1O.Tschauner,2C. Ma,3,4C. Prescher,3V. B. Prakapenka
Meteoritics&Planetary Science (in Press) Link to Article [DOI: 10.1111/maps.13009]
1Department of Geoscience, University of Nevada, Las Vegas, Nevada, USA
2Division of Geology and Planetary Sciences, California Institute of Technology, Pasadena, California, USA
3Center for Advanced Radiation Sources, University of Chicago, Chicago, Illinois, USA
4Institut für Geologie und Mineralogie, Universität zu Köln, Köln, Germany
Published by arrangement with John Wiley & Sons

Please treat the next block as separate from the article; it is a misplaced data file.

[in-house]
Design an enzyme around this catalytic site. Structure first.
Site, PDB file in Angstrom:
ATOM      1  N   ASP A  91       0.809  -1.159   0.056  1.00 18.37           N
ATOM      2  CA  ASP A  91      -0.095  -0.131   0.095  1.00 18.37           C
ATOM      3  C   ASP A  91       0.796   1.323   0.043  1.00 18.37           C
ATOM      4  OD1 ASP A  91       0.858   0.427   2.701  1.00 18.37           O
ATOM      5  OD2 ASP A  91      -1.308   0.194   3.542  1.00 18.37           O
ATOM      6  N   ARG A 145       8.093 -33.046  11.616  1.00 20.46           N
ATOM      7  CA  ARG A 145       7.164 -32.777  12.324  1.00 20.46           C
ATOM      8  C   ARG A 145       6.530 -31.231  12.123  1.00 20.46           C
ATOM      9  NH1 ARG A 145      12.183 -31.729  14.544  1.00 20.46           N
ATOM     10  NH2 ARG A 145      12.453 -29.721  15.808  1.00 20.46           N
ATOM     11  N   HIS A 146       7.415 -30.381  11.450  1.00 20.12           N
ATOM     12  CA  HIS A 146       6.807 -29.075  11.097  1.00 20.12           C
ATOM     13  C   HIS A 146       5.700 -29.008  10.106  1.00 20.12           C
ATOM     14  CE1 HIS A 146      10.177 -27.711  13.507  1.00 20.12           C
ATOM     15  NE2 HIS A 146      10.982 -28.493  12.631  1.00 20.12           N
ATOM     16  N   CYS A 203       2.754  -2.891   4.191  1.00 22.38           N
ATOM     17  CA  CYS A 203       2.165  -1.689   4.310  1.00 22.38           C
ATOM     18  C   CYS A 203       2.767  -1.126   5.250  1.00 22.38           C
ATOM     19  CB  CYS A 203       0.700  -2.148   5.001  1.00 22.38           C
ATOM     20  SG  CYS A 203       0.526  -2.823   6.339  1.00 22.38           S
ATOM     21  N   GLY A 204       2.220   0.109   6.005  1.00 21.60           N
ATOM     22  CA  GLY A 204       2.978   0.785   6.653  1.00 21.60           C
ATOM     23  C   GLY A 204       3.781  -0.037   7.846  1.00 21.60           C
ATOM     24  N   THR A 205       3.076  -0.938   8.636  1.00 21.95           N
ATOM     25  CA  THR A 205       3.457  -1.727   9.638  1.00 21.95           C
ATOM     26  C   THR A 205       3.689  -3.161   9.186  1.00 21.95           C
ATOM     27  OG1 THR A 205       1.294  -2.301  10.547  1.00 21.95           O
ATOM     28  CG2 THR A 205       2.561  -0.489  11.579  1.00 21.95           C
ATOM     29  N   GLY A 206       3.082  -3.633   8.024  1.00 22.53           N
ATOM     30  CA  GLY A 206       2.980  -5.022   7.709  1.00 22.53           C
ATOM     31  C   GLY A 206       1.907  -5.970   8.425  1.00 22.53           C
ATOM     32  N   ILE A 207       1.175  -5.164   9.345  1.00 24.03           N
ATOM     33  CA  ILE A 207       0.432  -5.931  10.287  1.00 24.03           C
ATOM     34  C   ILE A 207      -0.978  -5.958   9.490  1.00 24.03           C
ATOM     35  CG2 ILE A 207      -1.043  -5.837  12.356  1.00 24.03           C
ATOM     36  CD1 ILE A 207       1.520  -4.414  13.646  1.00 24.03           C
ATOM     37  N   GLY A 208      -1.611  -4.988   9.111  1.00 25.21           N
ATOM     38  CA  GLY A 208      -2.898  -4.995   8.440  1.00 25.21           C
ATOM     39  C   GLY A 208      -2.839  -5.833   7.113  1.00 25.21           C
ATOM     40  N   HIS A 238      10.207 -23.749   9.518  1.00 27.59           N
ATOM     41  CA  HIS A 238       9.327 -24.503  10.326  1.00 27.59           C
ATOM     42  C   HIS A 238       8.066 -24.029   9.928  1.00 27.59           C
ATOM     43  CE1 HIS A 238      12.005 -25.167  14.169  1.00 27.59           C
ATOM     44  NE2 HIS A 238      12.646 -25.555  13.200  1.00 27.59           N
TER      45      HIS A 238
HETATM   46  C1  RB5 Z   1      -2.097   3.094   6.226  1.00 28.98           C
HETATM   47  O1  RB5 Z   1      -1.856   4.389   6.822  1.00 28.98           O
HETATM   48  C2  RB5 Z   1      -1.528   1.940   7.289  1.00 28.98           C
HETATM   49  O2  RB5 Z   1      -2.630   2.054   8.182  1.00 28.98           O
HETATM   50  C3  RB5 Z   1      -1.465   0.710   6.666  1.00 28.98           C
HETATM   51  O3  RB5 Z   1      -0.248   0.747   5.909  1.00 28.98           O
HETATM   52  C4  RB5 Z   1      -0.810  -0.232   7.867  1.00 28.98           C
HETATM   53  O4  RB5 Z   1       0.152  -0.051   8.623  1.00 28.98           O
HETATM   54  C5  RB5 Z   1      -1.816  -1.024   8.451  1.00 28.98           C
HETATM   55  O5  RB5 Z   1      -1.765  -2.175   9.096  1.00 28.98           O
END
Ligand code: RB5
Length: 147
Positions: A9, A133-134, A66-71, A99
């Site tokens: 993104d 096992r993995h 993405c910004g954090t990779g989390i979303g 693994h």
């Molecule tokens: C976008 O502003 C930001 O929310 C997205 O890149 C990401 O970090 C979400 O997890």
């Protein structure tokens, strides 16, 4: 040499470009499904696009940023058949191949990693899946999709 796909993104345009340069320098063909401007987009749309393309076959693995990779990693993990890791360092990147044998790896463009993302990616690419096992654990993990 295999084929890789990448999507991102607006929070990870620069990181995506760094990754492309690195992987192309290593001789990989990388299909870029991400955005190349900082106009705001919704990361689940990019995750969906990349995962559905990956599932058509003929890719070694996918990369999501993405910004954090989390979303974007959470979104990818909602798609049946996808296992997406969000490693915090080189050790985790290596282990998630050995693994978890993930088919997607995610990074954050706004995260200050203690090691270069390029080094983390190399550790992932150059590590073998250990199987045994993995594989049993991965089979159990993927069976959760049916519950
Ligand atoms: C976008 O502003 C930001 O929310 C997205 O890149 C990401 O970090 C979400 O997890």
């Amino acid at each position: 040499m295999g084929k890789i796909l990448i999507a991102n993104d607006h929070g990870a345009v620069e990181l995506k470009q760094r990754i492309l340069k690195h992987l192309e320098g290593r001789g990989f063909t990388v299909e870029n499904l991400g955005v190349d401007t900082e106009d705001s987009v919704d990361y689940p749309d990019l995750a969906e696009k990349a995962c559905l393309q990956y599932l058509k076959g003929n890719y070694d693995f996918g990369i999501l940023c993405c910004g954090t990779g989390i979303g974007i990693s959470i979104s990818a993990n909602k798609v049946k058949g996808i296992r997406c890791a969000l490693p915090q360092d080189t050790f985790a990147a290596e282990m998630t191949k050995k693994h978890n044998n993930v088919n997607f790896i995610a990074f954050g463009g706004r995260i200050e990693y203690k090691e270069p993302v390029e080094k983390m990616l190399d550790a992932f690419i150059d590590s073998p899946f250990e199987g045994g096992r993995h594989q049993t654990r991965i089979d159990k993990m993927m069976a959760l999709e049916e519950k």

Akimotoite (Mg,Fe)SiO3 is one of the most common mineralogical indicators for high-level shock metamorphism in meteorites. First described 1997, its occurrence has been amply confirmed in a number of highly shocked chondrites. Yet, a thorough structure analysis of natural akimotoite has remained extant. Here we report accurate cell parameters, fractional atomic coordinates, and site occupancies for natural akimotoite from the holotype specimen based on synchrotron microdiffraction. The variation of unit cell shape and volume with Fe content define mixing volumes. Based on the mixing volume relation for akimotoite and hemleyite, we constrain the unit cell volume of endmember hemleyite to 273.8 ± 1.0 Å3. We show that mixing is nearly ideal for low Fe content but evolves to positive excess volume toward the Fe endmember. Based on this finding and the actual composition of akimotoite in Tenham, we show that this mineral has formed by solid–solid transformation prograde from enstatite, not by crystallization from melt.